Another mechanism accounting for the healthy context paradox is through the effect of low-victimization contexts on victims’ self-concept (Pan et al., 2021). In classrooms where few are victimized, victims are more likely to compare themselves to others that are not victimized and therefore perceived as better-off. Engaging in upward social comparisons (i.e., comparing oneself to someone perceived as superior in some way) can indeed be harmful to victims’ self-regard. One study also showed that victims are more likely to blame themselves for the bullying in schools where there is less bullying (Schacter & Juvonen, 2015). In turn, self-blaming tendencies can lead to more anxiety and depression.
What does it mean for interventions?
The existence of a healthy context paradox does in no way imply that efforts at reducing bullying in schools should cease. Everytime a case of bullying is stopped or prevented, a vulnerable child is spared much suffering. However, it suggests that attention to victimized students should be even greater in social contexts that appear to be healthy overall. It is important for anti-bullying programs that are preventive and universal (i.e., targeted at everyone in the school, regardless of whether they have been directly involved in bullying) to also include interventions targeted specifically at persistent cases of bullying. Special effort must be devoted to chronic victims whose plight does not improve despite positive changes in their environment.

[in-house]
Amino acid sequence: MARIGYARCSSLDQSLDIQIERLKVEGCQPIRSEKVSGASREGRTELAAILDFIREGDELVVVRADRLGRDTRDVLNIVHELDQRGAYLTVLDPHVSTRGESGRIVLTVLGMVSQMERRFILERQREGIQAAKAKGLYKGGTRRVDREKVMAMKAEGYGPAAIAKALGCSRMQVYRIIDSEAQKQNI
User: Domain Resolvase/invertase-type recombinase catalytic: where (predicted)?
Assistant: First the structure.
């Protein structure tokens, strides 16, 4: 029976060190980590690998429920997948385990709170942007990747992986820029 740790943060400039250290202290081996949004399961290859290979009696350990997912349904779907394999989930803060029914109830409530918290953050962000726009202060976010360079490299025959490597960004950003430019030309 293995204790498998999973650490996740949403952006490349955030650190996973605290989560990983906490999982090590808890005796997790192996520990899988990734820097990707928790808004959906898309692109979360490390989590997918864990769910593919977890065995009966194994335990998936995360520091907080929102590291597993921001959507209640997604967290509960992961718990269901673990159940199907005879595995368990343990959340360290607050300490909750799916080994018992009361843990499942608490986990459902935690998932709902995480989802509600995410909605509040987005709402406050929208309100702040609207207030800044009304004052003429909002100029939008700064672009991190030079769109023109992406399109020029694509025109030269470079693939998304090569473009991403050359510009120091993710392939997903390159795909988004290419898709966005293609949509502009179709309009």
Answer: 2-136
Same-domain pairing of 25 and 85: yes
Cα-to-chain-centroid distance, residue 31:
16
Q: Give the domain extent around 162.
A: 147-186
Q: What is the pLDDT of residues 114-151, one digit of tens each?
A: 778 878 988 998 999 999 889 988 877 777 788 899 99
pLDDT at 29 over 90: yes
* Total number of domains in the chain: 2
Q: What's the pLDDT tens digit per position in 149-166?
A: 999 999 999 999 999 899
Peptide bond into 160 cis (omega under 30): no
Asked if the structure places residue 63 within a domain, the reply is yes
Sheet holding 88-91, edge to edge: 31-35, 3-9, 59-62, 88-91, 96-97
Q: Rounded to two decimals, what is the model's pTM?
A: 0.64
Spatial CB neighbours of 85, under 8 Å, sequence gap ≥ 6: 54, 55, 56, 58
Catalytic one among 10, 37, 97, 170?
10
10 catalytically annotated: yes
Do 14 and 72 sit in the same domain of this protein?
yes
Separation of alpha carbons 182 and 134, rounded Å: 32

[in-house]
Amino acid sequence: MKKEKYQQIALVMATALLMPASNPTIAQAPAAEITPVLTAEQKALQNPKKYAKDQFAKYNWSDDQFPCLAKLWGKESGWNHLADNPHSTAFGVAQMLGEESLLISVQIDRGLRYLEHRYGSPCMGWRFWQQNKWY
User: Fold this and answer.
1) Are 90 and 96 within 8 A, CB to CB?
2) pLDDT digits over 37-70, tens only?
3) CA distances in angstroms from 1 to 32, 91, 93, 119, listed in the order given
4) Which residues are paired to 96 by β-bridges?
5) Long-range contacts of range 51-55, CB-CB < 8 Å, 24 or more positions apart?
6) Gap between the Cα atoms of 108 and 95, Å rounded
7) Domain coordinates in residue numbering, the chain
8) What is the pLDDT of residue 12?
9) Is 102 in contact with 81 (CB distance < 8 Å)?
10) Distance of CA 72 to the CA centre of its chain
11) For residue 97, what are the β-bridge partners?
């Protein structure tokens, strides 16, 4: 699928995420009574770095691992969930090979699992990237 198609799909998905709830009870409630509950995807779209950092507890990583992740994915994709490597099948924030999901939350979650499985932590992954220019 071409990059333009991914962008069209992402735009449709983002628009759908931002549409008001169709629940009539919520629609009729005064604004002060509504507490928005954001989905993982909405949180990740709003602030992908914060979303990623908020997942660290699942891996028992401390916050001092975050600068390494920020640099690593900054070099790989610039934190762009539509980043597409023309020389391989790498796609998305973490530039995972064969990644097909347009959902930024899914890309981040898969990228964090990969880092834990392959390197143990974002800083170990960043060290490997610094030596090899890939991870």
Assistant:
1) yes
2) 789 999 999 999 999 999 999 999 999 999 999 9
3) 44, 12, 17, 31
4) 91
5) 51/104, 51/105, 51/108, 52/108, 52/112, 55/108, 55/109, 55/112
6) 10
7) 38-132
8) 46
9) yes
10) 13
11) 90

As the healthy context paradox seems to be due to the negative effect of healthy contexts on social comparisons, causal attributions for the bullying (blaming oneself versus blaming others) and opportunities for friendships, the following strategies might help improving the well-being of chronically victimized children: